We relieve economic pressure on families by deregulating the economy and reducing the size of government, which President Trump’s tenure has shown is extremely effective at allowing families to self-fund their childbearing choices. This is both good for those families and for American taxpayers already on the hook for the biggest mountain of debt ever generated in human history.

We can do this even further by eliminating marriage penalties from existing state and federal welfare programs. I’d sooner increase welfare benefits to people married to the biological parents of their children than support paid leave, simply because that reduces family separation rather than increasing it, as paid leave does.

Pitting Women Against Each Other

Programs like this redistribute earnings to government-privileged groups at the expense of government-disadvantaged groups. It does not support all mothers, but only the minority who decide to leave their helpless newborn soon after the child is born. Most of those mothers will put their infants in daycare, which has proven negative effects for children and society, including higher rates of crime and lower rates of academic achievement. We should certainly not make government preferences for life choices that hurt families and society.

Its woman-harmful effects will also likely include encouraging employers to jettison or reduce private paid leave offerings, because why would a business pay for something when they can get taxpayers to pay for it instead? Experience in other countries and some states shows that paid leave hurts women’s career advancement because women use paid leave to care for children while men use it to advance their careers, thus expanding employment gaps between the sexes. It also encourages businesses to not hire or promote women. That’s not woman-friendly, now, is it.

It’s also not woman-friendly to communicate to women that childbirth is a quick bump beneath their rat race treadmill that doesn’t fundamentally change their lives forever. For this is the simple truth of being a woman, and having the capacity to create life: it is not a small thing, but a major and transformative thing. There is no “going back” after having a baby, in any sense. There is only going forward into a completely new kind of life. Paid-leave programs then in effect deny womanhood’s realities, all in the name of affirming women.

We ought to be able to expect better from so-called conservatives than acting on their political opponents’ anti-female, anti-family premises.

Don’t Want to Be a Euro-Welfare State? Don’t Act Like One

We also can’t afford where this proposal is going — two-year paid leave like European welfare states, which is what Democrats will do with a program like this once established — so we shouldn’t buy the ticket for the first leg of the trip. Instead we should be encouraging people to be responsible for their own decisions rather than using government to stick the consequences of their decisions to other, more responsible people.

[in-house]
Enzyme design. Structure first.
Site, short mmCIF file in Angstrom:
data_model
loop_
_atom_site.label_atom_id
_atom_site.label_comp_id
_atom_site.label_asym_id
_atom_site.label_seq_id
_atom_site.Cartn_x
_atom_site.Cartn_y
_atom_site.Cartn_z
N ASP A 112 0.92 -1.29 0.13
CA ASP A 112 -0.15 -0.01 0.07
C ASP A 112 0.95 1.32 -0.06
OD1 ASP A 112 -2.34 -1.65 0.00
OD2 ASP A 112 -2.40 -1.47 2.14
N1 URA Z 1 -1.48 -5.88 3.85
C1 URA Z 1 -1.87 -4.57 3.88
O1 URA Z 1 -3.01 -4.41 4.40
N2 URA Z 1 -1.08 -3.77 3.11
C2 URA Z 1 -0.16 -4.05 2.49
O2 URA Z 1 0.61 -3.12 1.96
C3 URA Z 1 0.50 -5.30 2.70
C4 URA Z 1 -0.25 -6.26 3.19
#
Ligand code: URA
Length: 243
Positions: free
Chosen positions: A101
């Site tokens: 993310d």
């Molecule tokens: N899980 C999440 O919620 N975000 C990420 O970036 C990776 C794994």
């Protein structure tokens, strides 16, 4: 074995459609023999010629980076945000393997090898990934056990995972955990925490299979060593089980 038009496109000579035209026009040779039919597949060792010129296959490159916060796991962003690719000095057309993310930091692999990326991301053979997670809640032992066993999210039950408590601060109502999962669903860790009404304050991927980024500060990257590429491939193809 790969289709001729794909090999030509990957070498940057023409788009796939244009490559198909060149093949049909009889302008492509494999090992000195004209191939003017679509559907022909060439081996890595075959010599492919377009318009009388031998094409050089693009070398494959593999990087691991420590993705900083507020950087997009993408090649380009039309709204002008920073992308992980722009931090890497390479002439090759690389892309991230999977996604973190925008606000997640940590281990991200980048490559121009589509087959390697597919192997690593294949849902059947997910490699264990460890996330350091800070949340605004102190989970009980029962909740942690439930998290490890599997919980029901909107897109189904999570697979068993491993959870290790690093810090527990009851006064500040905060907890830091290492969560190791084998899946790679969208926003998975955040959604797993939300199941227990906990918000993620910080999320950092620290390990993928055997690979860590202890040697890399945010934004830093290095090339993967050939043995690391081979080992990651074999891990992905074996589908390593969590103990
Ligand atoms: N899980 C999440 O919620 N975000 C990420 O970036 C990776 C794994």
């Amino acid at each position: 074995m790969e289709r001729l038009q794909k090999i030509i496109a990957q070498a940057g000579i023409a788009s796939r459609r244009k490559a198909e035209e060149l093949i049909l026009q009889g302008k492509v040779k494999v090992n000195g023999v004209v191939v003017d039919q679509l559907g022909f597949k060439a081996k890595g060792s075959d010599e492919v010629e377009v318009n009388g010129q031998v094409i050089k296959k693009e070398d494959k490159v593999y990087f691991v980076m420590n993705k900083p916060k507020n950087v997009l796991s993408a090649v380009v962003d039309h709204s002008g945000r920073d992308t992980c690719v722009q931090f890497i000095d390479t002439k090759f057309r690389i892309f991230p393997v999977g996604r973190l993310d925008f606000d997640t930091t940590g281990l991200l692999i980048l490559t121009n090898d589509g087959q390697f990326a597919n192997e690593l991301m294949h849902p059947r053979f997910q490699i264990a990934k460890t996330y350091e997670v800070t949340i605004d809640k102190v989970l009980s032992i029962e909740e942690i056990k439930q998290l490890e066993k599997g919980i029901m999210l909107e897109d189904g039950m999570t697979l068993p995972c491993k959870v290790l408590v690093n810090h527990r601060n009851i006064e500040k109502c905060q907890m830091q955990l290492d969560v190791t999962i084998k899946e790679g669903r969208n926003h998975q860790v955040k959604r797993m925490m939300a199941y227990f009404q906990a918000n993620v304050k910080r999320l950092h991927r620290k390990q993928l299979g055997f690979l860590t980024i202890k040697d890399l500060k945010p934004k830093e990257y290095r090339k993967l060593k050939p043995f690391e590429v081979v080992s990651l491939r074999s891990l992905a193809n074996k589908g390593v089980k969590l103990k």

The bigger government is, the smaller citizens must be. Do we want big government, or big citizenship? That’s an either-or question, and Republicans are picking the former.

The more government does for families, the more it destroys families.

It seems most Republicans still believe that taxpayers are the appropriate sponsors of every single possible wish that an American could have, rather than seeing government as a constitutionally limited institution that only exists to secure our natural rights so that we as individuals and families can live free. The way to get people to take on big personal responsibilities like raising children is to have small government that doesn’t make it ever easier for people to shirk basic duties like raising their own kids.

Instead, Republicans seem hellbent on embodying Ronald Reagan’s nice bureaucrat who royally screws up people’s lives with the promise: “We’re from the government and we’re here to help.” No, you’re not. Government can only do a few things well, and none of them are related to raising children.

The more government does for families, the more it destroys families. The entire U.S. experience with European-style welfare amply demonstrates this. We need less of taxpayers being forced to underwrite basic care for other people’s children, and more of citizens taking responsibility for their own lives and families, or our republic is quite simply over.

Joy Pullmann (@JoyPullmann) is executive editor of The Federalist, mother of five children, and author of "The Education Invasion: How Common Core Fights Parents for Control of American Kids." She identifies as native American and gender natural. Her latest ebook is a list of more than 200 recommended classic books for children ages 3-7 and their parents.

Copyright © 2019 The Federalist, a wholly independent division of FDRLST Media, All Rights Reserved.